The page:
Accurate scanning of the BssHII endonuclease in search for its DNA cleavage site

B. Berkhout, J. van Wamel

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A facilitated diffusion mechanism has been proposed to account for the kinetic efficiency with which restriction endonucleases are able to locate DNA recognition sites. Such a mechanism involves the initial formation of a nonspecific complex upon collision of the protein with the DNA, with the subsequent diffusion of the protein along the DNA helix until either a recognition site is located or the protein dissociates into solution. Protein translocation may be facilitated by either sliding along the DNA, hopping to nearby sites, or intersegment transfer over larger distances. Previous analyses of the manner in which restriction enzymes cleave DNA substrates did rule out the latter mechanism. To discriminate between protein sliding or scanning and protein hopping, we designed a unique DNA template with three overlapping, mutually exclusive recognition sites for the BssHII endonuclease. Analysis of the cleavage pattern demonstrated efficient usage of both external sites, whereas the centrally located site was not efficiently cleaved. These results confirm that linear diffusion of the BssHII enzyme occurs by scanning along the DNA. Furthermore, the scanning enzyme was found to stop and cleave at the first site encountered. Thus, a sliding restriction endonuclease recognizes cleavage sites with high fidelity, without skipping of potential sites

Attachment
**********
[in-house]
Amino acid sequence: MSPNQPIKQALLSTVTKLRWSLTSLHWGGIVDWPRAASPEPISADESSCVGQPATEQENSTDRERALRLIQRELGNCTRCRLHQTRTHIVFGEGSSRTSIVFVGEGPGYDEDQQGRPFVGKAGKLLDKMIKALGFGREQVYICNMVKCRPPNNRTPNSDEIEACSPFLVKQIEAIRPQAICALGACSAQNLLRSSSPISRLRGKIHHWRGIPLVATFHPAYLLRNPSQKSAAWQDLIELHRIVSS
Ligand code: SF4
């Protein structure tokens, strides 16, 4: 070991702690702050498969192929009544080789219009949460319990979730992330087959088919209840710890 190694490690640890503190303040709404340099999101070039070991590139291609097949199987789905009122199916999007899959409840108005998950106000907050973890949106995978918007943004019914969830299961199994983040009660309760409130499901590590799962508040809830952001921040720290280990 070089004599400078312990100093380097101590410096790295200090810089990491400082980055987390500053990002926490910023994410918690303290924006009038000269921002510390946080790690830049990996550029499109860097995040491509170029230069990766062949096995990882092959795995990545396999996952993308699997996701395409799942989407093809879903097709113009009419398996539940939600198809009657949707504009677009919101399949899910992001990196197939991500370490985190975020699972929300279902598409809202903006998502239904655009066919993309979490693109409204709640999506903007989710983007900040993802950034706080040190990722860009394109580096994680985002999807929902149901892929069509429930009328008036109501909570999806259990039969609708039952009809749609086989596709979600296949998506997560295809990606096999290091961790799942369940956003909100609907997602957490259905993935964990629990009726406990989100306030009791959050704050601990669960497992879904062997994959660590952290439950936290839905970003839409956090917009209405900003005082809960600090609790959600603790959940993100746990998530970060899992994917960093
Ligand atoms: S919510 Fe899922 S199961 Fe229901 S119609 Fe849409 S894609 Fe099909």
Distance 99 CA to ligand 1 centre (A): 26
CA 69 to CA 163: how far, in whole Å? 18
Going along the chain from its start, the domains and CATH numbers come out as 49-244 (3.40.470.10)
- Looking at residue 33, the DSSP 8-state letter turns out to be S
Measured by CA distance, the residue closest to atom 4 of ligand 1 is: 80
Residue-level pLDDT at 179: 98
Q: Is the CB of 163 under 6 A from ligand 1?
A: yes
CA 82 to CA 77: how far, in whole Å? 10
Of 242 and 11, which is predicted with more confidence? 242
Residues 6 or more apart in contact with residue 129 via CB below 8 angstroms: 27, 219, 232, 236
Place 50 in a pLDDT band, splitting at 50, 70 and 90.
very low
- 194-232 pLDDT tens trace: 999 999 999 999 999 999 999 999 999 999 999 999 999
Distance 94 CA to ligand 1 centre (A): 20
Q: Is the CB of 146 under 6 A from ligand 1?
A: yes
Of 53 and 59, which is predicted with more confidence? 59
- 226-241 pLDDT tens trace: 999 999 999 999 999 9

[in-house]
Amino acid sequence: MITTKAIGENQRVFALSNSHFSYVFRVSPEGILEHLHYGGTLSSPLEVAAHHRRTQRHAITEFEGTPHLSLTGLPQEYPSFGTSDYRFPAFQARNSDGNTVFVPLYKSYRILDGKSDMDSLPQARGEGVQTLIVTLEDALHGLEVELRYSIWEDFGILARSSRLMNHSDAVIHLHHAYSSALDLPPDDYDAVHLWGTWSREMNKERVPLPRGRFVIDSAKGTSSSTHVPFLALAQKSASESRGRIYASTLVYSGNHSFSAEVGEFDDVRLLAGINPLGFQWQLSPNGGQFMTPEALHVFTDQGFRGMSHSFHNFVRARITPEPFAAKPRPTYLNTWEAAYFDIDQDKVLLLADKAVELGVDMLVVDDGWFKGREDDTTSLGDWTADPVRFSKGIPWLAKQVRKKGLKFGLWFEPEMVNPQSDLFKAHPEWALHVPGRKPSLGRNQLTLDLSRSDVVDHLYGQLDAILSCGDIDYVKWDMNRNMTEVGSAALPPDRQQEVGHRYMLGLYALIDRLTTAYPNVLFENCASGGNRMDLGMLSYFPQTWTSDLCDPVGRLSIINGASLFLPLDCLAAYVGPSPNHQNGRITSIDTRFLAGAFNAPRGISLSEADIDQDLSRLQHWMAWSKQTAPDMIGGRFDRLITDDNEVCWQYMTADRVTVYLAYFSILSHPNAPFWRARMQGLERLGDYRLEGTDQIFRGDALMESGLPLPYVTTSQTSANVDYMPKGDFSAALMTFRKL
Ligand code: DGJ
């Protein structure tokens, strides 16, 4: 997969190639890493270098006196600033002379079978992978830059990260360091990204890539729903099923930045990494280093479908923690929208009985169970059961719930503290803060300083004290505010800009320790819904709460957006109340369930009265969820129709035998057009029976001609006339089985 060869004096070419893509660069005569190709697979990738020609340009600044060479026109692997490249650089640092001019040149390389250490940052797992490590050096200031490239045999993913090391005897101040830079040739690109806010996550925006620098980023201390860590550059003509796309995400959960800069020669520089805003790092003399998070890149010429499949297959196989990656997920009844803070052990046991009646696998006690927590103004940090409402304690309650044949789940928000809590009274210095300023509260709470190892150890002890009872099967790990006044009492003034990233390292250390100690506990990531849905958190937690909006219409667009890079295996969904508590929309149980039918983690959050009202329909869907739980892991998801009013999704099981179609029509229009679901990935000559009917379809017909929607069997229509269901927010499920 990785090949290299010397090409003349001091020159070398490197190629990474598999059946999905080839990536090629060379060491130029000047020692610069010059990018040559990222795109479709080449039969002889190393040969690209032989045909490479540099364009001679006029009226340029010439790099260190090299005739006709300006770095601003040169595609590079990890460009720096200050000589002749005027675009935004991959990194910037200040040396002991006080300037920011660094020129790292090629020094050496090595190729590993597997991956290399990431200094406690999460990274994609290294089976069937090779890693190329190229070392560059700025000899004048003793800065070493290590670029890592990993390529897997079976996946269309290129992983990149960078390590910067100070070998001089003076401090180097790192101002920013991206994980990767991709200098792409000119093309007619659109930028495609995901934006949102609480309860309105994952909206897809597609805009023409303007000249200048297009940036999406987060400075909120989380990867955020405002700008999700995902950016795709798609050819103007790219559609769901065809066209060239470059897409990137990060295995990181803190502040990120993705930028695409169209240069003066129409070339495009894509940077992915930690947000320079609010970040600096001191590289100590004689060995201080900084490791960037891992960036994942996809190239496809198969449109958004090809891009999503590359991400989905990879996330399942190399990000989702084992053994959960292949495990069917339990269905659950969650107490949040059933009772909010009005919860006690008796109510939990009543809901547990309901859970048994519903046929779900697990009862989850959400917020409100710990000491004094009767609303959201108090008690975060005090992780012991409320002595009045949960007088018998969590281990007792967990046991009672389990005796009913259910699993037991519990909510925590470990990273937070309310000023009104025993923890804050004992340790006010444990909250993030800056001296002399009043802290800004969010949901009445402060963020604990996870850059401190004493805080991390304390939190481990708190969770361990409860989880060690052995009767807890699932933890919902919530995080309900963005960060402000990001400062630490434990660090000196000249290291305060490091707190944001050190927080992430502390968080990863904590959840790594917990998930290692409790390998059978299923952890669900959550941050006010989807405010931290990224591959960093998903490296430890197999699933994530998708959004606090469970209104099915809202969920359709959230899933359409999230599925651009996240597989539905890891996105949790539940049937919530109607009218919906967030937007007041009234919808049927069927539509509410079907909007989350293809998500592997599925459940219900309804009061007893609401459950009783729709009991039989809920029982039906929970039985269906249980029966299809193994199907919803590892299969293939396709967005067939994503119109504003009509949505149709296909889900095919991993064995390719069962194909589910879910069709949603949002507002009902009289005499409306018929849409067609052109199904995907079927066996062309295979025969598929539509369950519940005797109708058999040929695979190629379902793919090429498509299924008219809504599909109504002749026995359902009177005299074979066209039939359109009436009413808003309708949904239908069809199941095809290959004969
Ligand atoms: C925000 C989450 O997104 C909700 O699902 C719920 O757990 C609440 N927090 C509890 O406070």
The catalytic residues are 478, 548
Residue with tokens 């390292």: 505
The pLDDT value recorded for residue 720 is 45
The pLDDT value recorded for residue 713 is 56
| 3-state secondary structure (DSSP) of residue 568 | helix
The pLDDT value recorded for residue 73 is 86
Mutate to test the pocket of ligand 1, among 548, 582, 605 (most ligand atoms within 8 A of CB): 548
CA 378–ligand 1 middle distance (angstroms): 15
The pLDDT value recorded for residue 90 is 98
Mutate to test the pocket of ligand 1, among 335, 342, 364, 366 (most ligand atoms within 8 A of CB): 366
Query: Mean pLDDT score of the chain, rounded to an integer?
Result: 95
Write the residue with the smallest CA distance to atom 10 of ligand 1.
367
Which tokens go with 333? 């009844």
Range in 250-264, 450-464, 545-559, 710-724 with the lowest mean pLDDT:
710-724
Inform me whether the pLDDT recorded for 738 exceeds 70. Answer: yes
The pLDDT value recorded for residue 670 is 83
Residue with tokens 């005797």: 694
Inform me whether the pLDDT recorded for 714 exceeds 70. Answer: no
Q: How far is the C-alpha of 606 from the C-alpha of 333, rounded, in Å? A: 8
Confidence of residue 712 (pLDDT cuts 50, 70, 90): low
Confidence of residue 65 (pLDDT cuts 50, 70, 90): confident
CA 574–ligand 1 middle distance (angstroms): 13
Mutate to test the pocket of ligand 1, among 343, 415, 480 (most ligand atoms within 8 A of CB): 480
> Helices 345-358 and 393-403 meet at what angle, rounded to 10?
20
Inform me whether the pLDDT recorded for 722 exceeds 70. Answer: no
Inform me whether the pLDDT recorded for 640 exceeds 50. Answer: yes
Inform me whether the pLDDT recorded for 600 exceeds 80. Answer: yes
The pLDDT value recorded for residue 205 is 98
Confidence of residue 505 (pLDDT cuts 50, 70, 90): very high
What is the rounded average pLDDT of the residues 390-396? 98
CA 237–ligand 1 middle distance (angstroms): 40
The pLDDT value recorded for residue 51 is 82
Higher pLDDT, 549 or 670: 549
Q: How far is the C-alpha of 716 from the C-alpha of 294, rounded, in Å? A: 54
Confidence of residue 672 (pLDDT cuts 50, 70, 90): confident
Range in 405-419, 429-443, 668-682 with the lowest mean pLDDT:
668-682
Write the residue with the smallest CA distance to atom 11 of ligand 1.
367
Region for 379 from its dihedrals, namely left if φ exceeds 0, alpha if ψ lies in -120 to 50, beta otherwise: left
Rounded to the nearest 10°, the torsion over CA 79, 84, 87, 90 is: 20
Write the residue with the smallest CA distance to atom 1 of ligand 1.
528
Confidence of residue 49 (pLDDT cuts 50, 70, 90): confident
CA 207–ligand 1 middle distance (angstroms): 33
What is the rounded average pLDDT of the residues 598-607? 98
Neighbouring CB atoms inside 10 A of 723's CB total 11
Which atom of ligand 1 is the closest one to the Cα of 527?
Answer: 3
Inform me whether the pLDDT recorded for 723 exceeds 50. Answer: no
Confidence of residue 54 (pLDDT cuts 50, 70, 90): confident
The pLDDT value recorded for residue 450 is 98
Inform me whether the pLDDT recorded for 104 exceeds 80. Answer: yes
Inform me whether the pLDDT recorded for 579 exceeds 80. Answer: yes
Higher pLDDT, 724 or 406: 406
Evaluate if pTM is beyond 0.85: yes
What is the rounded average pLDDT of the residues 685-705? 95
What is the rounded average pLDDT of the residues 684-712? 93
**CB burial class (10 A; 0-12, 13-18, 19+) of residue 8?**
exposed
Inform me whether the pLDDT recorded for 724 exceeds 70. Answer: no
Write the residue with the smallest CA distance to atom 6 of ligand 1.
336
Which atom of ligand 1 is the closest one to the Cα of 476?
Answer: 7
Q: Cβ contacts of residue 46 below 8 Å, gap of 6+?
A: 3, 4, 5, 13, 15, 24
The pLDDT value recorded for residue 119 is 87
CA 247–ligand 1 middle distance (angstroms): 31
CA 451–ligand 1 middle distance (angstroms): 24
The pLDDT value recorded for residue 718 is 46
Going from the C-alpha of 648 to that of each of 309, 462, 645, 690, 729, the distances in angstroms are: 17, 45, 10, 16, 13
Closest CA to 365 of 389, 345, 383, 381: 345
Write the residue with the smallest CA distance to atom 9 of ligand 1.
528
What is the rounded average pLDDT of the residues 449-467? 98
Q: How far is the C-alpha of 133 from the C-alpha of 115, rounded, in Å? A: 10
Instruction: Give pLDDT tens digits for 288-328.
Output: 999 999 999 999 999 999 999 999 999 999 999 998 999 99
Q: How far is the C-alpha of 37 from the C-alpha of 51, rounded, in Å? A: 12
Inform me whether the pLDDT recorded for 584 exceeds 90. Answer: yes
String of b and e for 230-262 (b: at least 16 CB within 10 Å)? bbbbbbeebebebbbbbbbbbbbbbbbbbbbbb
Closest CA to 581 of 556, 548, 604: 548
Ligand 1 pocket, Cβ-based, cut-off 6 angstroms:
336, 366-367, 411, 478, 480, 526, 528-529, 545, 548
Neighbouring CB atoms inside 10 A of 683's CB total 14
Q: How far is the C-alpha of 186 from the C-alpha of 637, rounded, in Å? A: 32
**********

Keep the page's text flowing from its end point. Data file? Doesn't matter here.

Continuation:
Original languageEnglish
Pages (from-to)1837-1840
JournalJournal of biological chemistry
Issue number4
Publication statusPublished - 1996

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